Getting Your Loved One into Treatment
Often the Hardest Step is Getting Them to Agree to Get Help
Individuals who are actively addicted will rarely decide to get help on their own (it does happen, but not often). Typically addicts need encouragement by family, an employer or the legal system to begin the journey of recovery. Mn Adult & Teen Challenge has a variety of services designed to help your loved one be successful, but often the hardest step is getting them to agree to get help.
This page is designed to give you some ideas about how you can help your loved one begin to access the services that will help him or her succeed.
Comprehensive Addiction Treatment and Recovery Services Across Minnesota
For over 30 years, Minnesota Adult & Teen Challenge has been restoring hope to people struggling with drug, alcohol, and other life-controlling addictions by addressing their physical, emotional, and spiritual needs. We offer a full range of services, including:
- Outpatient Treatment – Licensed Rule 31 – Medium Intensity
- Residential Treatment – Licensed Rule 31
- Long-term Residential Recovery – Faith-Based
- Co-occurring Mental Health
- Transitional Housing and Aftercare programs for graduates
- Substance-Use Prevention targeting grades 6-12
These offerings allow us to effectively serve individuals with a broad spectrum of addiction issues; from those seeking treatment for the first time to those who have been struggling with addiction for many years.
Choosing the Best Option
While you may feel your loved one needs residential treatment (and you are probably correct), you may have difficulty convincing them to start at that level of care. Also, sometimes insurance won’t pay for residential care unless there is a documented clinical need for it. A very helpful first step is to convince your loved one to have a “Clinical Assessment”. The Clinical Assessment is a meeting with the client, an MNTC addiction counselor, yourself and perhaps other concerned persons. The counselor would interview the client with input from family about their substance use and ultimately determine the following:
- Does the individual meet criteria for a substance use problem?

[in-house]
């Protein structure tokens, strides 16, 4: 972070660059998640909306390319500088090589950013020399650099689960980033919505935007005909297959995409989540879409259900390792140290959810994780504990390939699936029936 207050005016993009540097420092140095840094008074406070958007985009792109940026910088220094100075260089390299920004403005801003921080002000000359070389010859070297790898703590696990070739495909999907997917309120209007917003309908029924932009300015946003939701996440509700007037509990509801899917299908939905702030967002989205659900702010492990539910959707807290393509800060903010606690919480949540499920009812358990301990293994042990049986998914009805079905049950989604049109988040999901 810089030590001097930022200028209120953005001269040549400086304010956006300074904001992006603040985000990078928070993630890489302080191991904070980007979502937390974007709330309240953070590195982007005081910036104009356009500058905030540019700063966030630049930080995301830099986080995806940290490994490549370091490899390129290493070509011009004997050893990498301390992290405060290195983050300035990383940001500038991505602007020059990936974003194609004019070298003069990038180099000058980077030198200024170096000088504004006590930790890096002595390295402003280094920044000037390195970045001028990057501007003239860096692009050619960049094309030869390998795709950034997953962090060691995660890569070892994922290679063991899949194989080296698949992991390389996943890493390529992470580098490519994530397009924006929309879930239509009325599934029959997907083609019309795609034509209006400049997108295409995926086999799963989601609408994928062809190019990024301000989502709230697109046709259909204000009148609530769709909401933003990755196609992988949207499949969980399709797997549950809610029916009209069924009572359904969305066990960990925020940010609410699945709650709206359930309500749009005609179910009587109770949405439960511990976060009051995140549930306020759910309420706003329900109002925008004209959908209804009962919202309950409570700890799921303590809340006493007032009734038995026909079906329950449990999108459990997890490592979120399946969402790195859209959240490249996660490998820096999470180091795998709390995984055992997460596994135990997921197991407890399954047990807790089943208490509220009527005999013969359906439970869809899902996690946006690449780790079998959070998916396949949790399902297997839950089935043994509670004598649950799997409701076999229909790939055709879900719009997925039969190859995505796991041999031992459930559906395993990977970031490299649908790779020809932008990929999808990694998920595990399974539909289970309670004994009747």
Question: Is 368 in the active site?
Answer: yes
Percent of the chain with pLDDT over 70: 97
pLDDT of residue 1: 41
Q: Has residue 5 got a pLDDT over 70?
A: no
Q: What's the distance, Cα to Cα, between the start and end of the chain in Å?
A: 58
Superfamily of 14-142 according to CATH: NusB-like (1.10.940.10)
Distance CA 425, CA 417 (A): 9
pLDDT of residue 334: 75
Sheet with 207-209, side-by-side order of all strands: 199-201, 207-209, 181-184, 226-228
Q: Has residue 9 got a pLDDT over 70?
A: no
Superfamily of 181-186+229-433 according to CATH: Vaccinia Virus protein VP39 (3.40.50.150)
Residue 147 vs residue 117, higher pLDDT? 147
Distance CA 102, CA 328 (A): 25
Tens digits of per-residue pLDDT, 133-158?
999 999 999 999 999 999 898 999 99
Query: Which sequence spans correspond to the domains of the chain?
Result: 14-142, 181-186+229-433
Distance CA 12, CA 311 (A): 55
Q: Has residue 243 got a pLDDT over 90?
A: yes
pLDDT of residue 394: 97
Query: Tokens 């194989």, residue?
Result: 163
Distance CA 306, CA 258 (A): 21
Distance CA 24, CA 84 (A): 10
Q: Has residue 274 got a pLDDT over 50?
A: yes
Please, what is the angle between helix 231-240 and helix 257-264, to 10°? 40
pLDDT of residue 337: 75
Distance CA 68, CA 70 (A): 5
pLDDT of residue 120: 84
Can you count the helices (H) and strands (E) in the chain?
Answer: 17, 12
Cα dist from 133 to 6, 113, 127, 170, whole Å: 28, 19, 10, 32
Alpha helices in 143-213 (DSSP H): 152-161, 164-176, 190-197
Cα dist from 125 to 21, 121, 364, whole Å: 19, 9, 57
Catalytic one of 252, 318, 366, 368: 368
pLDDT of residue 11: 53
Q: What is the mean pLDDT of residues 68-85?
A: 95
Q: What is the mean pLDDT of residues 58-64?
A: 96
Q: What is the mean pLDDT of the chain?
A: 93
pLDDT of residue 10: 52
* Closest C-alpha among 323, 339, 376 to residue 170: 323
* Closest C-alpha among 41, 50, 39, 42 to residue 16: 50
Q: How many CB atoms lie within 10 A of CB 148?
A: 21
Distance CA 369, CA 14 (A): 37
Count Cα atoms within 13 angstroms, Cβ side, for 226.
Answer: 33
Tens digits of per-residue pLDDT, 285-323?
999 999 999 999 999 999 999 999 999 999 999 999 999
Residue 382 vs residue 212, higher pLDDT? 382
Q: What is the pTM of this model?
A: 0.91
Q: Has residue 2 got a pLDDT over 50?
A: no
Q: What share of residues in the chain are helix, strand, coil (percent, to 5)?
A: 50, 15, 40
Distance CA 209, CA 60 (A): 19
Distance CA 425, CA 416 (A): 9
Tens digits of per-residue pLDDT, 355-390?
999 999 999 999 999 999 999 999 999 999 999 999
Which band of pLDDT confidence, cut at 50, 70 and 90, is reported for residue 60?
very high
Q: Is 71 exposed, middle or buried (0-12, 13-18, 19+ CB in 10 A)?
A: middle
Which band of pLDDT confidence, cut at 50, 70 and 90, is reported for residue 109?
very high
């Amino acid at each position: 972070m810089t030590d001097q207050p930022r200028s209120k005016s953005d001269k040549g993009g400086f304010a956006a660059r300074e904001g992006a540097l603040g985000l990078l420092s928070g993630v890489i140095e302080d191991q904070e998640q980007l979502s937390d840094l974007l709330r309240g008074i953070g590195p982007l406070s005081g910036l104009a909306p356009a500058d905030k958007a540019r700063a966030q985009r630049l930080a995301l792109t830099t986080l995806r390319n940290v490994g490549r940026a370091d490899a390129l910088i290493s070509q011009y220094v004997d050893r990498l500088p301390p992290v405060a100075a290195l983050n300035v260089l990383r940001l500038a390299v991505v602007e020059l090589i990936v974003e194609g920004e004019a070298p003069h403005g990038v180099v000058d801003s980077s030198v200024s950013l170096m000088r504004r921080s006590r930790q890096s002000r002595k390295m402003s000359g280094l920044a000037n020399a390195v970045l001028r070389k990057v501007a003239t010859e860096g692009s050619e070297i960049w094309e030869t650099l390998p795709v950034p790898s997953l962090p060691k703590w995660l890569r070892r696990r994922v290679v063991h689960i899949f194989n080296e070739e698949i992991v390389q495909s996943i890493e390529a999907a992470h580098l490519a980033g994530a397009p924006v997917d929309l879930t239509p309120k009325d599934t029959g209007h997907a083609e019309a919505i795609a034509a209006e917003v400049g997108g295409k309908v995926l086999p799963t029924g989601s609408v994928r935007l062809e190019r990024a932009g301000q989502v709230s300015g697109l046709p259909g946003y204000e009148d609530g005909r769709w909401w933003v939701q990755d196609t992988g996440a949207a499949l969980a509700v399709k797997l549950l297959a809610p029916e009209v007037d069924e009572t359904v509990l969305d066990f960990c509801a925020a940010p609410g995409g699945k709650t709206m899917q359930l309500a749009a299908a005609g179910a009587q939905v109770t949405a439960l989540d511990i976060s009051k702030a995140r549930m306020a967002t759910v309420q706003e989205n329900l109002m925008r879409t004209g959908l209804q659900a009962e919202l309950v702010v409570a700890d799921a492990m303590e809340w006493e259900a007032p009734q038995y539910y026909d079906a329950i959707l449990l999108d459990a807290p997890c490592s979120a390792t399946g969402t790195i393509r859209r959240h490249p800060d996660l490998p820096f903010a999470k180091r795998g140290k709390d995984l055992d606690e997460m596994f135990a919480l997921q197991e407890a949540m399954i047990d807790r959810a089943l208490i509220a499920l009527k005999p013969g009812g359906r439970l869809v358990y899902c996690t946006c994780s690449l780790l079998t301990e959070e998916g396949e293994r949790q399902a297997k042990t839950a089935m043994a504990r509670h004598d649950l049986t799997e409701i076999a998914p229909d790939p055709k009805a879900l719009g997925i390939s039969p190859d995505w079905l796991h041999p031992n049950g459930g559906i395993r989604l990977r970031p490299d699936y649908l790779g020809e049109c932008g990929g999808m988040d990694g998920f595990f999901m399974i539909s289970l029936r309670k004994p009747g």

- If so how significant is the problem? (mild, moderate or severe)
- What level of care would be recommended?
- What are the insurance options for treatment payment?
Importance of Being Ready for Help
Once the recommendation is made, it’s up to the individual to agree to it. We can’t force people into treatment or force them to stay. Sometimes someone will refuse to go to residential care, but will agree to go to outpatient. In this case there should be an understanding by the individual and family that if they fail in outpatient, they will agree to inpatient. A contract can be signed to agree to these terms. The contract is not legally binding; it is just a way to create some accountability.
If a person is unwilling to come to the Clinical Assessment you have a couple of other options. One is to hire an interventionist to help coordinate an intervention. Interventions can work, but they are expensive and not covered by insurance.
Another option is to consider what if any leverage you have with your loved one and use that leverage to either get them to go to treatment or the Clinical Assessment. Examples of leverage might be ending certain financial arrangements you have with them or limiting contact with grandkids until they get help.
Sometimes you have leverage and often times you don’t. What’s always important is that whenever you address your concerns with your loved one you are doing it in a kind and caring way. Addiction often can create anger and hostility in family relationships, and if we express our concerns while angry it can have the opposite of the desired effect.
If your loved one does agree to some type of MNTC service, call 612-FREEDOM (373-3366) to set up an appointment